Today’s Top Story


Study: General Anesthesia Associated with Higher Complication Rates after TJA


The Journal of the AAOS® published a propensity-matched study that compared the major postoperative complications and pneumonia between spinal anesthesia (SA) versus general anesthesia (GA) in patients undergoing total joint arthroplasty (TJA). Overall, 217,267 patients were identified for both the GA and SA groups. The rates of pneumonia for the GA and SA groups were 0.39 percent and 0.25 percent, respectively. Patients in the GA group experienced slightly higher rates of major complications (3.2 percent versus 2.5 percent), unplanned postoperative intubation (0.18 percent versus 0.10 percent), and mortality (0.14 percent versus 0.09 percent).
Read the abstract…


In Other News


Study Finds Risk Factors for Nonunion in Patients with Transcondylar Fracture of the Distal Humerus after ORIF


According to a study in the Journal of Shoulder and Elbow Surgery, tension band wiring (TBW) fixation was a risk factor for nonunion in patients with transcondylar fracture of the distal humerus after ORIF. Preoperative demographics such as smoking and diabetes mellitus (DM) were retrospectively reviewed in 68 patients. Operation characteristics were also reviewed, including the fixation method (dual plate versus single plate versus TBW). The overall rate of nonunion was 11.8 percent. Among demographic data, DM and smoking were significant risk factors for nonunion.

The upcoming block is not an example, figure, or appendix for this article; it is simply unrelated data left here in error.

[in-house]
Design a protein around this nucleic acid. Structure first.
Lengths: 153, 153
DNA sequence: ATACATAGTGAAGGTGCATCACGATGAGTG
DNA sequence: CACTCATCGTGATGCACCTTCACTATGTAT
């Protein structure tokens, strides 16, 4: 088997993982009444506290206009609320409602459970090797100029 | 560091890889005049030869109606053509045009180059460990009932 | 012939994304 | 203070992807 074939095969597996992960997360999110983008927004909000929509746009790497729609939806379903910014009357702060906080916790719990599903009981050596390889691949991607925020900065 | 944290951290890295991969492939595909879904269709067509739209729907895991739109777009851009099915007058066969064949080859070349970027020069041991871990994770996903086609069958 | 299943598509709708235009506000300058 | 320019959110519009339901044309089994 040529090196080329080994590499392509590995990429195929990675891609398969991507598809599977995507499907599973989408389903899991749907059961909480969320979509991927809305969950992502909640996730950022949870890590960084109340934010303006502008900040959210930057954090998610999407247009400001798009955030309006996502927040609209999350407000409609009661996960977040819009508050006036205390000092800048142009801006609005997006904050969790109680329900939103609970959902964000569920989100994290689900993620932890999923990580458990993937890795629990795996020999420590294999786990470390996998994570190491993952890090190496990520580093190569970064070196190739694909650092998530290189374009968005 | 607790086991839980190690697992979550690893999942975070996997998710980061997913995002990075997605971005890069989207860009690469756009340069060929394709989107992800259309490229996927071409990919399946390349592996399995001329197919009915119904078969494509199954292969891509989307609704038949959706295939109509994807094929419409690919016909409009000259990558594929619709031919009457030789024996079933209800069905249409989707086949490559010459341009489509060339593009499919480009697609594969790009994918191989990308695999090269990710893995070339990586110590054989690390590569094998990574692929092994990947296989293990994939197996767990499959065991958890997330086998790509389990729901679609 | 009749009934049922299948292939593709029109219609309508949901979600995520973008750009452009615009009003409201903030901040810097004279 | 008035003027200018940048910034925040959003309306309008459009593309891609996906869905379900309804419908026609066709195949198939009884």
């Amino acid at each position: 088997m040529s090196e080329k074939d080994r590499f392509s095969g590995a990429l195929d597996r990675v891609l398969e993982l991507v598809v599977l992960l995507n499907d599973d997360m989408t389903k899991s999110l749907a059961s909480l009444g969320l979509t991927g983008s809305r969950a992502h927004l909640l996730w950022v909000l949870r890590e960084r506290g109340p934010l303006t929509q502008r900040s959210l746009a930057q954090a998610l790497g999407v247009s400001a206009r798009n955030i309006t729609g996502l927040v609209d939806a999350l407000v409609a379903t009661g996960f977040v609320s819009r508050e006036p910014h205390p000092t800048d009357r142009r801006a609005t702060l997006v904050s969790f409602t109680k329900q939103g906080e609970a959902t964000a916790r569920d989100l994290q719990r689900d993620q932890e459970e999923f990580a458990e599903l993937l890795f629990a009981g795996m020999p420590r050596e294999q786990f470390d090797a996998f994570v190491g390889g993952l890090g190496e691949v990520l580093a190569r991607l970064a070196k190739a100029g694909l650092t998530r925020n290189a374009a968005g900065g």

Read the abstract…


Study: High Rates of Reoperation after Percutaneous Screw Fixation for Femoral Neck Fractures without Sagittal Malalignment


A retrospective case series in the Journal of Orthopaedic Trauma investigated the rate of reoperation in patients aged >50 years without sagittal plane malalignment who underwent percutaneous screw fixation of a valgus-impacted femoral neck fracture. The incidence of reoperation and major complications were reviewed in 207 patients. Overall, 15 percent of patients required reoperation and major complications occurred in 17.3 percent. The risk of reoperation was higher with constructs consisting of all partially threaded screws compared with the use of at least one fully threaded screw (17 percent versus 7.5 percent) when an inverted triangle configuration was used.
Read the abstract…


Study Assesses the Effect of Time from Injection of Collagenase to Manipulation in Patients with Dupuytren Disease


A review of 309 patients who underwent an injection of collagenase Clostridium histolyticum for Dupuytren disease examined the impact of time from injection to manipulation on outcomes and complications. This study was published in the Journal of Hand Surgery. Manipulation took place at two, five, or seven days after injection. Contracture angles and frequency of skin tears and tendon ruptures were compared pre- and postinjection. The rates of skin tears and ruptures were similar regardless of when manipulation occurred postinjection, and all patients showed improvement in contracture. Risk factors for complication included number of cords injected and history of previous collagenase injection.